But that effort proved bumpy for both organizations and was soon abandoned. The administrative costs of administering the membership were high, according to Centex's Devroy. And it didn't work well for TNC, either, recalls Nigel Homer, TNC's associate director of corporate partnerships, who has worked closely with Centex. "The downside of giving a free membership is that it's a tougher proposition to get members to renew," says Homer. "People didn't pay to begin with, so why should they pay to renew?"
That's when a new approach was developed where Centex directly supported TNC's conservation programs to make a simple donation for each house built and sold. The $35 per-house figure was both organizations' best guess as to how much it costs to preserve one parcel of land around the world, based on the volume Centex was producing that year, says Devroy. By tying the financial contribution to each home built and sold, Centex lets its employees know that "this is not some faceless amount of money being given from some corporate account somewhere. It flows directly from their efforts out in the field," says Devroy. Posters in model homes and regional offices state that Centex is a proud supporter of the TNC, and follow-up direct mail to new home buyers thanks them for their purchase and explains the $35 contribution. "But we certainly don't expect people to buy a home because of our $35 contribution," laughed Devroy.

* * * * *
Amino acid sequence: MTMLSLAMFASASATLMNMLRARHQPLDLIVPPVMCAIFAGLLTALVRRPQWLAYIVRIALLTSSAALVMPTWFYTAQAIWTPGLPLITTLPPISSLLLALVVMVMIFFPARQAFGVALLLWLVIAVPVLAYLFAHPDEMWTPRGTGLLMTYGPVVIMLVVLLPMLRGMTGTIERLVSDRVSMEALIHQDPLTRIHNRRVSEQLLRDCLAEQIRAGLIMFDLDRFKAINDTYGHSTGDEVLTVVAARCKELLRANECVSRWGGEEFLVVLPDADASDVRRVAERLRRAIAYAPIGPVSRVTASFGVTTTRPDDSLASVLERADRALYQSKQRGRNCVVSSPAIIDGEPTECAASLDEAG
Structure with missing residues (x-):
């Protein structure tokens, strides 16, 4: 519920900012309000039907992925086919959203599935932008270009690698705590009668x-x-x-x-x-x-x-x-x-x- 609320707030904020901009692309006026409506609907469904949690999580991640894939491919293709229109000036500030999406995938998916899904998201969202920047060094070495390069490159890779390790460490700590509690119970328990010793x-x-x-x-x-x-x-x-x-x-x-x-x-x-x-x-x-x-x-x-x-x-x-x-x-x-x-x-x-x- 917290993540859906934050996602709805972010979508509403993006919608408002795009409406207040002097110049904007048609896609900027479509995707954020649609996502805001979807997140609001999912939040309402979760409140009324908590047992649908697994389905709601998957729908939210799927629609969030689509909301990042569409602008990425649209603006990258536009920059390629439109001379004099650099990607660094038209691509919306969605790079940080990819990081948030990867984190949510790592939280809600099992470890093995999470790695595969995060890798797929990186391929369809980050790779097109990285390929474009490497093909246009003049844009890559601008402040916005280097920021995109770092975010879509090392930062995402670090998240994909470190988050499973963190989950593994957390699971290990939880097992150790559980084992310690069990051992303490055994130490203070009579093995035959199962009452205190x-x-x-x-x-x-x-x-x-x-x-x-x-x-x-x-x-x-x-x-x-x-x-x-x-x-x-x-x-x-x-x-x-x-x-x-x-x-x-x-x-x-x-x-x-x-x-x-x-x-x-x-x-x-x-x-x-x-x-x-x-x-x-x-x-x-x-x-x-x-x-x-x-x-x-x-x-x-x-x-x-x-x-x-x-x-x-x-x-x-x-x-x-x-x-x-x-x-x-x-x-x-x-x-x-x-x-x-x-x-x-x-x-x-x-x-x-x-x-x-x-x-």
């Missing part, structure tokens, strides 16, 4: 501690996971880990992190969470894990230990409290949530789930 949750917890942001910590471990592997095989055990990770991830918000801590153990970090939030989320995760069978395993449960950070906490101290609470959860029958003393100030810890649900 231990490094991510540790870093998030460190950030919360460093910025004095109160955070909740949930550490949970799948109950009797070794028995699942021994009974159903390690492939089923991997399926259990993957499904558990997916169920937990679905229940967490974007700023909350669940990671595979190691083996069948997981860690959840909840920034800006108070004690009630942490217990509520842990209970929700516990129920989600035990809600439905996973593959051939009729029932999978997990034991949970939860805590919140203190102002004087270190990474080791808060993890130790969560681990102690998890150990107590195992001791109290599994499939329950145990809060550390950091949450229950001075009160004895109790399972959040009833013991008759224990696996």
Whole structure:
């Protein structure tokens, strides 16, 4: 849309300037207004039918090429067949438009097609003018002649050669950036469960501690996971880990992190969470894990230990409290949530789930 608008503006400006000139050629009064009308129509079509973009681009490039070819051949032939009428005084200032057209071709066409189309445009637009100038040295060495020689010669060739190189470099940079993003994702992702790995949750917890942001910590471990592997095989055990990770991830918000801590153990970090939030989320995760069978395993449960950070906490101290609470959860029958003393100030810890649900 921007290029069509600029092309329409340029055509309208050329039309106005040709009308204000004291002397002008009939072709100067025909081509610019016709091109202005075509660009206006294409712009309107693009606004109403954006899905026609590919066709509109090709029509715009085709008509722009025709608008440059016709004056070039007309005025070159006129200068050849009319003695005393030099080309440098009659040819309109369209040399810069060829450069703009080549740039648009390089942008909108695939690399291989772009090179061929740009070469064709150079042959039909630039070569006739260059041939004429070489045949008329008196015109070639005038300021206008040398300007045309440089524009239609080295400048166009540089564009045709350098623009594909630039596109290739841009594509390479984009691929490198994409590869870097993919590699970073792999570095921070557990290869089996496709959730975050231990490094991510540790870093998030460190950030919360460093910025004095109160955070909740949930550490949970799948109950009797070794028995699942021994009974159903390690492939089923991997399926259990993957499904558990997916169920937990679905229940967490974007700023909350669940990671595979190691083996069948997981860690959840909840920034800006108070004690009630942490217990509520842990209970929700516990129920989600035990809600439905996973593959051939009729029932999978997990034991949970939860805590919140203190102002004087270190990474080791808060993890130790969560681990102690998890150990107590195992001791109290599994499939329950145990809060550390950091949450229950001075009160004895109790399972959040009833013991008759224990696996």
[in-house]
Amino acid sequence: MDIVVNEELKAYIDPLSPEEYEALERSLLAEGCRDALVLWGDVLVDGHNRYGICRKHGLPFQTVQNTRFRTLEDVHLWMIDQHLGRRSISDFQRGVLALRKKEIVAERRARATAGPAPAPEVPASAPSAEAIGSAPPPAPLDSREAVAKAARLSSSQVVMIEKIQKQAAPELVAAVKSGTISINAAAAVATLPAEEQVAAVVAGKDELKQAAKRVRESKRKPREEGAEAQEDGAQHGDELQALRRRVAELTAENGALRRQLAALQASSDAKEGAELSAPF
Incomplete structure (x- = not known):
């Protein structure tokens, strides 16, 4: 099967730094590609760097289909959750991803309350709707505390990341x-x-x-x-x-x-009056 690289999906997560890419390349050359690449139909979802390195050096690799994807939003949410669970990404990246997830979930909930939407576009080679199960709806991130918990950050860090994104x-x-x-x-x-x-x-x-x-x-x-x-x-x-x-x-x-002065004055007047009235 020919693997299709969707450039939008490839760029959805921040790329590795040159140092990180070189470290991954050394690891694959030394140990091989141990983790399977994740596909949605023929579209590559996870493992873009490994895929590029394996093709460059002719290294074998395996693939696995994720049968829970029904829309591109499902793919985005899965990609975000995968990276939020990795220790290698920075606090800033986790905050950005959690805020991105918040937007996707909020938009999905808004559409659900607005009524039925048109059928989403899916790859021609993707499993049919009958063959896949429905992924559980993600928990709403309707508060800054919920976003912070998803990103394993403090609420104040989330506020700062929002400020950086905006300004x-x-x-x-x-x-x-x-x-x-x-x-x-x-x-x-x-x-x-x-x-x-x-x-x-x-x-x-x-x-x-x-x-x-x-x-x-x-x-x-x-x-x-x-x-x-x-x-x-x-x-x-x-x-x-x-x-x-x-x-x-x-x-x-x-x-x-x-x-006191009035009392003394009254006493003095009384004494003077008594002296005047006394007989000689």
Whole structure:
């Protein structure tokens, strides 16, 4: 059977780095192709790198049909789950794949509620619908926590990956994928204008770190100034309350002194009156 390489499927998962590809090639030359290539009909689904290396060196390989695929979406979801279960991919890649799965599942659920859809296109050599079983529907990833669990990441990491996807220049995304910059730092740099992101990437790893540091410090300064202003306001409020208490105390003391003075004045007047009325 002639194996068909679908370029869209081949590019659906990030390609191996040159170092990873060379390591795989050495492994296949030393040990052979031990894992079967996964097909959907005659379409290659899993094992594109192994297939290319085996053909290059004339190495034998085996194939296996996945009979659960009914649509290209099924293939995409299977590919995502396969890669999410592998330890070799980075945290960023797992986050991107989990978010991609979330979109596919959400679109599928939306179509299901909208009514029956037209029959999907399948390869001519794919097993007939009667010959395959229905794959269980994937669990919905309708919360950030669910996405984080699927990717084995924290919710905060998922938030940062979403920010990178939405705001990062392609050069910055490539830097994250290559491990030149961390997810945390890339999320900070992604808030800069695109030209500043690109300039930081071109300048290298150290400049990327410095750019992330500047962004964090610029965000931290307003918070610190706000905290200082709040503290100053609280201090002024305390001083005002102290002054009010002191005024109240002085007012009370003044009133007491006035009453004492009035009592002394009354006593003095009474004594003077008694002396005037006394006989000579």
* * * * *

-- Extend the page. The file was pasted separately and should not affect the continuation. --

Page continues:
Indeed, assessing the benefits of this kind of program isn't easy for a builder that measures almost everything else. "If anyone expects to tie home sales to involvement with [a non-profit], they will be sorely disappointed," says Jones.
Centex Homes' $35 per-home donation program to The Nature Conservancy has resulted in $3 million in support for a variety of projects including land purchases and the construction of learning centers and walking trails in Texas, Florida, and Maryland. Among them:
But in customer satisfaction surveys, Centex asks what customers think about the partnership with TNC. There is 96 percent customer support, Jones reports. "Over the long haul, that affirms the sale and affirms the brand," he says, and helps answer the question, "Is this a quality brand that you want to do business with?" A potential new bump occurred, ironically, days after Centex's donation announcement. In a turn of events, TNC came under fire when The Washington Post published a stinging three-part series criticizing some of TNC's practices. The investigative report shook the image of the quiet, cooperative environmental organization that prided itself on its scientific research; its non-confrontational stance toward development; and its history of working responsibly and quietly on reputable building projects with corporations and government bodies.
Devroy, however, said the articles would not shake the Centex-TNC partnership. The Post, says Devroy, "mentions a half dozen problems, not the thousands upon thousands of successes. We will continue to support [TNC] enthusiastically." TNC responded forcefully to The Washington Post in print, on television, and on its Web site, www.tnc.org and said it would devote its June board meeting to revisiting some of the practices criticized by the newspaper.
As TNC has educated Centex on environmental issues, Devroy says he hopes the partnership will help educate the public, including those who are not buying homes. "One of the things that the public doesn't understand is that home builders don't build where we want to build," says Devroy. "We build where we're permitted to build, literally and figuratively." Partnering with TNC may help Centex work with neighborhoods to be allowed to build there, he says.
But there's a paradox at the heart of every philanthropic endeavor, he adds. "The more that you do, the more visibility you get, the more expectations are raised from all kinds of different quarters that you have to be able to deal with."